A 15-year Farm Journal study shows you need to push seeding rates if planting runs unusually late. The study also suggests that narrowing rows to 20" or less provides some yield insurance in an adverse growing season.
In the study, with normal planting dates, 120,000 viable seeds per acre were sufficient in 10" and 20" rows. That rate was competitive with 160,000 viable seeds per acre in 30" rows. "The data got a little fuzzy as to whether 120,000 seeds was enough in 20" and 30" rows," says Farm Journal Field Agronomist Ken Ferrie. "It did not raise any yield concern, but we always saw more scattered weeds in the wide-row plots at low populations."
Bumping the seeding rate to 200,000 never produced the highest yield in any row width. "That suggests that, under normal conditions, we cannot push yield by pushing seeding rate to very high levels," Ferrie says.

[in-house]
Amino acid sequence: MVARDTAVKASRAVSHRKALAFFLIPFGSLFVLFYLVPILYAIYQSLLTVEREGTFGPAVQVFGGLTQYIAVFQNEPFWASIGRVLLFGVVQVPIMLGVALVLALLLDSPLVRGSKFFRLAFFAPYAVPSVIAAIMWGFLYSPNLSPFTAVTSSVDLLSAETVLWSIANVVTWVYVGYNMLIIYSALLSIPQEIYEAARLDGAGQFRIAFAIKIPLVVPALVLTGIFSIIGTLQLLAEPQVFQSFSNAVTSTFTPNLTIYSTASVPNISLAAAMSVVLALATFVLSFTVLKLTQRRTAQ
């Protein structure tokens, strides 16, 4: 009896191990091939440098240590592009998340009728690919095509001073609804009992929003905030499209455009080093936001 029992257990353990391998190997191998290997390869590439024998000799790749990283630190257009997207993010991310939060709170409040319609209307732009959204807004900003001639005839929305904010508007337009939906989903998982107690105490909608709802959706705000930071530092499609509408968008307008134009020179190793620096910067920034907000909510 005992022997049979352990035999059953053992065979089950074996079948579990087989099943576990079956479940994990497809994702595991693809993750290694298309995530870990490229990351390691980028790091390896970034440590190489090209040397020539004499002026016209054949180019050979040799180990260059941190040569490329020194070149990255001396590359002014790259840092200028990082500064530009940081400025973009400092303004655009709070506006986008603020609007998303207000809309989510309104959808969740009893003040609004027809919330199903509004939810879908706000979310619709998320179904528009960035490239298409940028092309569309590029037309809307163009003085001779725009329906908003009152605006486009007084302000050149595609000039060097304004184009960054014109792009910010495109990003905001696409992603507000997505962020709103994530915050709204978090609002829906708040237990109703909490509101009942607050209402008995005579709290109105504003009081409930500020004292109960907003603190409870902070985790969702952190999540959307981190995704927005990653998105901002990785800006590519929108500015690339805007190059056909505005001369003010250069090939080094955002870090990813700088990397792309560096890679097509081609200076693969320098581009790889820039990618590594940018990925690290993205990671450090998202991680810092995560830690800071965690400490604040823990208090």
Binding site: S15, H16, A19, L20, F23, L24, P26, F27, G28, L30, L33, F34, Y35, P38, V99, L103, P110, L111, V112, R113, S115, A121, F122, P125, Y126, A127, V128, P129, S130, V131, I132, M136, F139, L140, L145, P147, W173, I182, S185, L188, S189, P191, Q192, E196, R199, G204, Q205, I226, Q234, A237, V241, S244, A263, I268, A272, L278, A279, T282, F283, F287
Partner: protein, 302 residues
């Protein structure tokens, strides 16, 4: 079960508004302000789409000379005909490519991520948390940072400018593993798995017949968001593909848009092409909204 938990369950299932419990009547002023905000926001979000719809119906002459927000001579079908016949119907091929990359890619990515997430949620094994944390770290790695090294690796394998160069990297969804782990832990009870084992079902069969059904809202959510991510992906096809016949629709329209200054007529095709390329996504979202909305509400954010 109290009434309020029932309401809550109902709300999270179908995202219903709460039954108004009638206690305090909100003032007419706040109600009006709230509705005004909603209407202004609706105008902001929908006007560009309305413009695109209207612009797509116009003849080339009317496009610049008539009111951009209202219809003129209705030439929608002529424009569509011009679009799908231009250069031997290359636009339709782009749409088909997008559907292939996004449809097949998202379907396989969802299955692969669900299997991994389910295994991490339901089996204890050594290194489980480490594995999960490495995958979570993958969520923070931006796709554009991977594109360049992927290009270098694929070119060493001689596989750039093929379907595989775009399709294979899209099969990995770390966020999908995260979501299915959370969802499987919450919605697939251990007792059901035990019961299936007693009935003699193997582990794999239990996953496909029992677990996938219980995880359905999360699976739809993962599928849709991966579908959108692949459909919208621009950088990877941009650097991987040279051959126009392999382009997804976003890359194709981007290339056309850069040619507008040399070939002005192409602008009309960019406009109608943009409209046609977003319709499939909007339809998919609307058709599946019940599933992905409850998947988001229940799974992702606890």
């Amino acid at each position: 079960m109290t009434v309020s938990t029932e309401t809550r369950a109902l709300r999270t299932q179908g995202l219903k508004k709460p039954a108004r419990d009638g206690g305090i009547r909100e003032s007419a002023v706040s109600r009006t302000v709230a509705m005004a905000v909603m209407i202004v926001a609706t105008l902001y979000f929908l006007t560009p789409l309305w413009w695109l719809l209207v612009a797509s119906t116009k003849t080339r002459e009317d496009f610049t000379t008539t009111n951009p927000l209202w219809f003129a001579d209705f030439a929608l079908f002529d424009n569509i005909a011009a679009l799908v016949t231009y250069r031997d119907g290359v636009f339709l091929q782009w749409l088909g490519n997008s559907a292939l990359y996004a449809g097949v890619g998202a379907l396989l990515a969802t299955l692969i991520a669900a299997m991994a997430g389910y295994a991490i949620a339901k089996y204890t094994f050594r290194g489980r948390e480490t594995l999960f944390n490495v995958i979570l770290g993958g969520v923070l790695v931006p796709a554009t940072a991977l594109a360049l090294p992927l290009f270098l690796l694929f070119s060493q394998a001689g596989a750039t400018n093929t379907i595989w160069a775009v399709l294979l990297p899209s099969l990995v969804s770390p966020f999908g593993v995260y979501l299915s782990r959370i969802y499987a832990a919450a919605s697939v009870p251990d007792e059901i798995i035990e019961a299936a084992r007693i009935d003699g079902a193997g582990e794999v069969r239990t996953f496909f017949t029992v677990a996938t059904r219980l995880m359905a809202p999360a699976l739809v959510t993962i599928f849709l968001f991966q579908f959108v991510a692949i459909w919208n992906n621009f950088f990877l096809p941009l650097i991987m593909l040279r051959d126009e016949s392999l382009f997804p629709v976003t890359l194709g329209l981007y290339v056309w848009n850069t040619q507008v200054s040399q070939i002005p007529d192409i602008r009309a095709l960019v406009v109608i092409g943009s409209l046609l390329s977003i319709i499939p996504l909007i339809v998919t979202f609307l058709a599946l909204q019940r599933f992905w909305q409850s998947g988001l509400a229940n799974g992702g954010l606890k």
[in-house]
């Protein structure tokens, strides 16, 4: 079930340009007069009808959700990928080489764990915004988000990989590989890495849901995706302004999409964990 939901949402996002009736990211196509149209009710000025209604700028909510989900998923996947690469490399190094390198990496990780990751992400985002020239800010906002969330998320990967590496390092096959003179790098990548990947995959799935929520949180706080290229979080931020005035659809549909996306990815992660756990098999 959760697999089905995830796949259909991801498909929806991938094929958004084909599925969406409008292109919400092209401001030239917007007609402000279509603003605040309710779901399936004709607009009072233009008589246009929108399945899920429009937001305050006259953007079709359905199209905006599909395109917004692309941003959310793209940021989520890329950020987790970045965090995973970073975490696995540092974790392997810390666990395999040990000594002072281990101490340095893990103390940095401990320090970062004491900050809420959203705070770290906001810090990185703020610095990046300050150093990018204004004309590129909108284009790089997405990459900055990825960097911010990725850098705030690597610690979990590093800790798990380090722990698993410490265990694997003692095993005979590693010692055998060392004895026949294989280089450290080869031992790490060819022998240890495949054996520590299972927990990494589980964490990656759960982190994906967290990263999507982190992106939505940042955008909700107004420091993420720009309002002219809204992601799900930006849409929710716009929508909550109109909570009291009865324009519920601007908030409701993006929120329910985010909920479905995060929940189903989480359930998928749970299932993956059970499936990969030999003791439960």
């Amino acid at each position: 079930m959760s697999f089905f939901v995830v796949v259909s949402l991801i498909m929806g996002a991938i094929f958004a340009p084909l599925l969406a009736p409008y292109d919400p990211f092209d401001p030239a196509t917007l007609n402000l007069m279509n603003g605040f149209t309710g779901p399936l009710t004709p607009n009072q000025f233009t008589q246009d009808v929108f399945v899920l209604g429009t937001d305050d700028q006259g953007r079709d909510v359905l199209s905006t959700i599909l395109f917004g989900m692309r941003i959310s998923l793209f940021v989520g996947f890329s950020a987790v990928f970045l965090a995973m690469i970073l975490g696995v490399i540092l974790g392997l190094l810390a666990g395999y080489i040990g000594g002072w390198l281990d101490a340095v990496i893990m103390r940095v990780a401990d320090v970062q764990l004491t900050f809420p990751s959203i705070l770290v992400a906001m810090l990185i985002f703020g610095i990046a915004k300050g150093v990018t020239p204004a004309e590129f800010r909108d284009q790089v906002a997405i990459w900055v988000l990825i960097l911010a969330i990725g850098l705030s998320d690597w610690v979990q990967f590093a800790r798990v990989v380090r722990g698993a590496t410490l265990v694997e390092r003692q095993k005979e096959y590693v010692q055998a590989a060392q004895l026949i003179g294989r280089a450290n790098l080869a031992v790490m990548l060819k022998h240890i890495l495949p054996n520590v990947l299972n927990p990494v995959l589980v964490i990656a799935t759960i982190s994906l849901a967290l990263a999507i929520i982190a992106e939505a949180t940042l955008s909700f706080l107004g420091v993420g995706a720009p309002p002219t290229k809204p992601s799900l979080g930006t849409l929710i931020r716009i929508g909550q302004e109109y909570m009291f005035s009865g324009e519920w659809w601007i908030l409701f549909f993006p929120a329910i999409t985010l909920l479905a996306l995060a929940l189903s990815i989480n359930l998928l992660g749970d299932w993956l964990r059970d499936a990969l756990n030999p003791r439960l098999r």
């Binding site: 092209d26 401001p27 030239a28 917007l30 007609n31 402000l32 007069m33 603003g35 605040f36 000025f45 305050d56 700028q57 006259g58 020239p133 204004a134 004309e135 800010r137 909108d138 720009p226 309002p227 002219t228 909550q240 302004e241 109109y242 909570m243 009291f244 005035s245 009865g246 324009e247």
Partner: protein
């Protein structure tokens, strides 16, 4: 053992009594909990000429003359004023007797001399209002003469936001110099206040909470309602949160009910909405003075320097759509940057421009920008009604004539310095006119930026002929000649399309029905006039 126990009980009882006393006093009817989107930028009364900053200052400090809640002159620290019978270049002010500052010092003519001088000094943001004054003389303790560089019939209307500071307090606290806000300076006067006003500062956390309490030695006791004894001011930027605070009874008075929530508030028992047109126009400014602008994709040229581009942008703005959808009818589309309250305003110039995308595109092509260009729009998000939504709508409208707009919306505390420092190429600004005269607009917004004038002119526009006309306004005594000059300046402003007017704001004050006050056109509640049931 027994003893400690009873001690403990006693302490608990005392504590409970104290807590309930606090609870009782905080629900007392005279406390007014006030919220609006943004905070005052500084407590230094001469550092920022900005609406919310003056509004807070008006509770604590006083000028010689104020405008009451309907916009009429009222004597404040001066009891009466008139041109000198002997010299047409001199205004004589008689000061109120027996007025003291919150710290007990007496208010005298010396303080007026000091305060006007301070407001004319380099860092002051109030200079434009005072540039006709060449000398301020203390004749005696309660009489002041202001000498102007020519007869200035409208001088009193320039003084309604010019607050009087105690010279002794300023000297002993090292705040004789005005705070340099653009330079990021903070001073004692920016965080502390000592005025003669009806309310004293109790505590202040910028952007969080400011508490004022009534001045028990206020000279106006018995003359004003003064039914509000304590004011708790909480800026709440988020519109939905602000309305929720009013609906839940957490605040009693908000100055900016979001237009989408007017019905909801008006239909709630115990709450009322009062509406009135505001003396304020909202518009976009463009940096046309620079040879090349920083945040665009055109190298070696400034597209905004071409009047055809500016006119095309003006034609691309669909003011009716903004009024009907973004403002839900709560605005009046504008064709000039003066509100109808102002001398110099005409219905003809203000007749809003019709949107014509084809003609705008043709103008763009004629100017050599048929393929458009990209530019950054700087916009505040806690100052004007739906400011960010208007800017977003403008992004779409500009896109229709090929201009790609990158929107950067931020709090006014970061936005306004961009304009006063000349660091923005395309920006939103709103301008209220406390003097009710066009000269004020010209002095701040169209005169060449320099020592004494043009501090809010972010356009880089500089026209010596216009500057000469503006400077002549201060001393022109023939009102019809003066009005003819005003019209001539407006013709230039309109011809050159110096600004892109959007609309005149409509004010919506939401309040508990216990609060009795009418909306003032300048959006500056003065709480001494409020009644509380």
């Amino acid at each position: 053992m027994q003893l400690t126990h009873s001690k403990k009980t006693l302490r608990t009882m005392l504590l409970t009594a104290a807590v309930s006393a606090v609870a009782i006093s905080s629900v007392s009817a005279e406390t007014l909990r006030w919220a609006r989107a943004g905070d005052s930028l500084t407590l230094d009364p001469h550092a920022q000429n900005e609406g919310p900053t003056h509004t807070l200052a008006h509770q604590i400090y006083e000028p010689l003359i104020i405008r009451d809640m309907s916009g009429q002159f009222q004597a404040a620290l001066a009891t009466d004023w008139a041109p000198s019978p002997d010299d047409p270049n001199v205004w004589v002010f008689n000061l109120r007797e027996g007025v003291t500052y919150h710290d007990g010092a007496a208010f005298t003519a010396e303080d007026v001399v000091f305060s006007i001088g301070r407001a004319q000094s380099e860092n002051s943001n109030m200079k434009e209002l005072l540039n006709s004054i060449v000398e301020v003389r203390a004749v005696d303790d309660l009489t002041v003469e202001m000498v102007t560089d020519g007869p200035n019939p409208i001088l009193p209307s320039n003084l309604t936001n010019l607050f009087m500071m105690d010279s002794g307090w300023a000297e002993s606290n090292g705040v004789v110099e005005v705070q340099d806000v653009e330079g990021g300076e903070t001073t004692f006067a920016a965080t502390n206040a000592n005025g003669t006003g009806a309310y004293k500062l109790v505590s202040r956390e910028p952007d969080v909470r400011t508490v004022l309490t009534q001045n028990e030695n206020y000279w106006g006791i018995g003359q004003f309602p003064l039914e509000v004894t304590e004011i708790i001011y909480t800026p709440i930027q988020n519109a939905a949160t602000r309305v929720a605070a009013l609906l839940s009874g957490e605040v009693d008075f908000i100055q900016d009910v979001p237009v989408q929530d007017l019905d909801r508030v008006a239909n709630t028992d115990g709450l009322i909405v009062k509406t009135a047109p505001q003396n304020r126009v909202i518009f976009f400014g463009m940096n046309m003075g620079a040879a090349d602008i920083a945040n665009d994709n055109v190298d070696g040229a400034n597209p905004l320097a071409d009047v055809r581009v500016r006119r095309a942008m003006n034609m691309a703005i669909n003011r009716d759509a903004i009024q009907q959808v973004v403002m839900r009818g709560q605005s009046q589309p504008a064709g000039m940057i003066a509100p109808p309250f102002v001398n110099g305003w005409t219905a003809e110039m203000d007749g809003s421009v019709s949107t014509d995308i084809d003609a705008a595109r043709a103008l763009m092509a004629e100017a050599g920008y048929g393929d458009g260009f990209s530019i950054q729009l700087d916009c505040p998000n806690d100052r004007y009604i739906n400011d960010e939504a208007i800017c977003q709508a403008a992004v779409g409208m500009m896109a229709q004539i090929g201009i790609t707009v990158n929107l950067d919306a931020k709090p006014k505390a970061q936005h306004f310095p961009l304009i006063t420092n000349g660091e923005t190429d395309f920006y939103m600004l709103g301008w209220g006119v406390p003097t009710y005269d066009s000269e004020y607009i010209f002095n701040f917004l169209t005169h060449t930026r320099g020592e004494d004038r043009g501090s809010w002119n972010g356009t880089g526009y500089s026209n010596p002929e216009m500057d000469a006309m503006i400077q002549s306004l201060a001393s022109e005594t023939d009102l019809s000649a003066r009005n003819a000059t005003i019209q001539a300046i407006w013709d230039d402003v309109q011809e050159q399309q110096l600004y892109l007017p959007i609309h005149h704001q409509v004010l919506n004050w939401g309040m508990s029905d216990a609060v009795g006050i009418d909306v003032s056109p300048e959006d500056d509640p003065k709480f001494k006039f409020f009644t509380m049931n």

However, in 2008, which had an unusually wet spring when many soybeans were not planted until the end of June, planting only 120,000 viable seeds per acre carried a significant yield penalty. The highest yields across all row widths usually occurred with 160,000 seeds per acre. Planting 200,000 viable seeds per acre produced a yield advantage in 30" rows, "but it did not run away from 160,000," Ferrie notes.
With late planting, plants are shorter, so you need more of them, Ferrie explains. "The study tells us to push seeding rates if the planting season is unusually late," he concludes. "If you wind up with 150,000 plants per acre, you’ll probably be OK in row widths from 7½" to 20", but you may pay a yield penalty with 30" rows."